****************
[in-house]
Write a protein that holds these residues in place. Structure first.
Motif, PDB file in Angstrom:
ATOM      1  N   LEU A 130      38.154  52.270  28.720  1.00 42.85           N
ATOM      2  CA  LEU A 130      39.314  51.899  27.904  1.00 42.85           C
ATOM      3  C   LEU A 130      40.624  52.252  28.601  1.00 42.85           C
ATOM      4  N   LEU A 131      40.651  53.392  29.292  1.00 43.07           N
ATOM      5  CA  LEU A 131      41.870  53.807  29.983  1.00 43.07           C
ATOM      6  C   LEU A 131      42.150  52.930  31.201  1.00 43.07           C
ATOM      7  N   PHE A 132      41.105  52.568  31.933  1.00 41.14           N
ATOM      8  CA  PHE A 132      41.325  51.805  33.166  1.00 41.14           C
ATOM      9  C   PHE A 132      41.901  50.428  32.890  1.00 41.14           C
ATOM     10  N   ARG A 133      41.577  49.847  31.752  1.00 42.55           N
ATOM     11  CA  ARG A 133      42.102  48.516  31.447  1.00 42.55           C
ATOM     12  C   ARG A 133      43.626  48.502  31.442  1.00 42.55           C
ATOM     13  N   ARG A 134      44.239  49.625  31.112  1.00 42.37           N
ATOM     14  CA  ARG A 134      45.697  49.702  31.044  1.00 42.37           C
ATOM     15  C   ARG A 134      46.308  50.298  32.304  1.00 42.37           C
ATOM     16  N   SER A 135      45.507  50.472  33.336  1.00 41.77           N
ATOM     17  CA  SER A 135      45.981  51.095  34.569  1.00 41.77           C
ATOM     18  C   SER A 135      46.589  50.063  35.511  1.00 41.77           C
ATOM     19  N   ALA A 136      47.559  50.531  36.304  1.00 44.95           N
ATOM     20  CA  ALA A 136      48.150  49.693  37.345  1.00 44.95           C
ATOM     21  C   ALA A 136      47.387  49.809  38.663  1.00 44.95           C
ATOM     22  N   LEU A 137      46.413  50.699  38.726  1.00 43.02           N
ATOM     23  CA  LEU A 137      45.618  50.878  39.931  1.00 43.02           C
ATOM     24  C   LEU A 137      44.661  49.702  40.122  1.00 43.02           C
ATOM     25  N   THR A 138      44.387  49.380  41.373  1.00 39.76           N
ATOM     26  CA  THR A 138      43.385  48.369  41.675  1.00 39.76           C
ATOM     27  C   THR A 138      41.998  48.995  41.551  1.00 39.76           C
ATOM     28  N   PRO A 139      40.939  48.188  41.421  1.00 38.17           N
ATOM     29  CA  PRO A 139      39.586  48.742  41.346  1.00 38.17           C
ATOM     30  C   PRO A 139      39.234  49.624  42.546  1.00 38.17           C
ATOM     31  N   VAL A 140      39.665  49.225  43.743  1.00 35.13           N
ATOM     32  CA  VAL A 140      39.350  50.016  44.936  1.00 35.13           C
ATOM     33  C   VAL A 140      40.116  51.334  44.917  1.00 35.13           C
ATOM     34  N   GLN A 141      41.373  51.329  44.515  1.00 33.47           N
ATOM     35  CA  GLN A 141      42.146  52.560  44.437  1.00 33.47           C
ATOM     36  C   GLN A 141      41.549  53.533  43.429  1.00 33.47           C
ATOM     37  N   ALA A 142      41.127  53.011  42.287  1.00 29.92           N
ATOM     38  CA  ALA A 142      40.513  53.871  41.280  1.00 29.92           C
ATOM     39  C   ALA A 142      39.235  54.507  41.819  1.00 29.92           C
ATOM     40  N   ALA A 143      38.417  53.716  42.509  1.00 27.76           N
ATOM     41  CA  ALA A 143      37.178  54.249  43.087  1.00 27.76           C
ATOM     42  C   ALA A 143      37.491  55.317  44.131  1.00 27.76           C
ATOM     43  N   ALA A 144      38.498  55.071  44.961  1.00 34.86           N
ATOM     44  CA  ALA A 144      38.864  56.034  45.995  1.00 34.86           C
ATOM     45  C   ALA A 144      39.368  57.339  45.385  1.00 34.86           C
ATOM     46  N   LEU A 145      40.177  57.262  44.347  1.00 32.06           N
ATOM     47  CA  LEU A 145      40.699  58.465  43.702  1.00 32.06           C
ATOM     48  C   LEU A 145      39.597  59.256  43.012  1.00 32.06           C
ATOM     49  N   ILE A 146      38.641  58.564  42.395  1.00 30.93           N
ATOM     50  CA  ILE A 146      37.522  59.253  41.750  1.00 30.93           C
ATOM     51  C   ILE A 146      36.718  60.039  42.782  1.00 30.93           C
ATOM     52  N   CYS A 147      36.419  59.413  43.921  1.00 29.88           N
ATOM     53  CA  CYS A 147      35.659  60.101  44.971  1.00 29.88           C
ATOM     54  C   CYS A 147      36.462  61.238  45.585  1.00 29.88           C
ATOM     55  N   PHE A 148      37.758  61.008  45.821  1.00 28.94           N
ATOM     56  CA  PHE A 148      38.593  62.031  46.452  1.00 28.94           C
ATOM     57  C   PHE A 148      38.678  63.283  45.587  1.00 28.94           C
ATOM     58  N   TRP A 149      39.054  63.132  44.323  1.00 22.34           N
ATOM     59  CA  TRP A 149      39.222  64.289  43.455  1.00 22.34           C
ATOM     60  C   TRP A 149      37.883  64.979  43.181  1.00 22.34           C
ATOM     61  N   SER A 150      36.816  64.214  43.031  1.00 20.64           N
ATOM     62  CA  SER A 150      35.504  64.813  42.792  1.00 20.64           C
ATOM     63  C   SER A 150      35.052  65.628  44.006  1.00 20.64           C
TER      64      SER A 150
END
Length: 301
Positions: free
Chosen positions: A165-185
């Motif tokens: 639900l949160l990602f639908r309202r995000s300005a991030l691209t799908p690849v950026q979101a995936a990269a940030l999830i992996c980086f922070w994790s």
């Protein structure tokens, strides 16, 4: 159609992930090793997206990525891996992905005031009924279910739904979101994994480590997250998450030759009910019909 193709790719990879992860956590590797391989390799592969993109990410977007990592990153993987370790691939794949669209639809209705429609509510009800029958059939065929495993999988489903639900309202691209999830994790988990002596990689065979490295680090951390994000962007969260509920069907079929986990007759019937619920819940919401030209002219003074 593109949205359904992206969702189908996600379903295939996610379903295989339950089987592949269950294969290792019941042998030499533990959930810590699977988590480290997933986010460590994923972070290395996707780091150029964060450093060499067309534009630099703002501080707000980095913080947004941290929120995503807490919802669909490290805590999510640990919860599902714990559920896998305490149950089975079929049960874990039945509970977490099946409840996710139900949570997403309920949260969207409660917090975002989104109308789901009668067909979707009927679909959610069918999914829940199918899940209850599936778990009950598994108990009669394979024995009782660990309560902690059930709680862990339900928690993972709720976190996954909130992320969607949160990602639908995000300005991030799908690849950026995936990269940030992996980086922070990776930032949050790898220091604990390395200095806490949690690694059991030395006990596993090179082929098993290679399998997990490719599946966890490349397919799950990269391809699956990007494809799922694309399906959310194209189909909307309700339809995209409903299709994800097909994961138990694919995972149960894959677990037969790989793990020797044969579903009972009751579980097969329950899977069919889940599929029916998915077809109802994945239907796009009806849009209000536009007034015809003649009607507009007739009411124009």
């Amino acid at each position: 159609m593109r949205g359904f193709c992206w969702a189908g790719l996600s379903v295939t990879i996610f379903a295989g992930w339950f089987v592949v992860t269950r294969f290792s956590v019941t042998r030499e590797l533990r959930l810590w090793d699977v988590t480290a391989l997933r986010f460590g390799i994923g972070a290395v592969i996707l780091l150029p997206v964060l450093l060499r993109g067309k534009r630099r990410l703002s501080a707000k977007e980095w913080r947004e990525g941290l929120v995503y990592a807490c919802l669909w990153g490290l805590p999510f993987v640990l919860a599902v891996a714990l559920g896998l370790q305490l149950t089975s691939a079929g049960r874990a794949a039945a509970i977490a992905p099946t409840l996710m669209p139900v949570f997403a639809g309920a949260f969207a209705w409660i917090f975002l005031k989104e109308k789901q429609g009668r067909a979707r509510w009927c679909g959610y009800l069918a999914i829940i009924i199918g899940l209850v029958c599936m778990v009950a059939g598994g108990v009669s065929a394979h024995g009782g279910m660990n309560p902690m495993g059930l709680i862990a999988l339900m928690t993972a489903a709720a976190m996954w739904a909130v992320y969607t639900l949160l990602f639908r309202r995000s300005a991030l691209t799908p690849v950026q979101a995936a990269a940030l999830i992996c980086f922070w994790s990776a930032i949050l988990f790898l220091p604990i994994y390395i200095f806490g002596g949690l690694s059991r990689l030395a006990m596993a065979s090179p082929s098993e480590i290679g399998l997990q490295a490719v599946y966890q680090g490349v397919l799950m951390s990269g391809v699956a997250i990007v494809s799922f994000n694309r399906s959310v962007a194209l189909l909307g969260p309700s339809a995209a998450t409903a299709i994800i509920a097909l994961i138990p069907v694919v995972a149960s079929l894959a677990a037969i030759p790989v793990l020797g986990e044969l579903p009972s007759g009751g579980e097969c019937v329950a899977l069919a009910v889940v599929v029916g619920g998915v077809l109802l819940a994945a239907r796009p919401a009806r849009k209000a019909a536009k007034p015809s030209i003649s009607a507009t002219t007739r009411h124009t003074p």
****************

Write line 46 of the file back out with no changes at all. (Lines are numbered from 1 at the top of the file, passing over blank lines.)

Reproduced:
ATOM     43  N   ALA A 144      38.498  55.071  44.961  1.00 34.86           N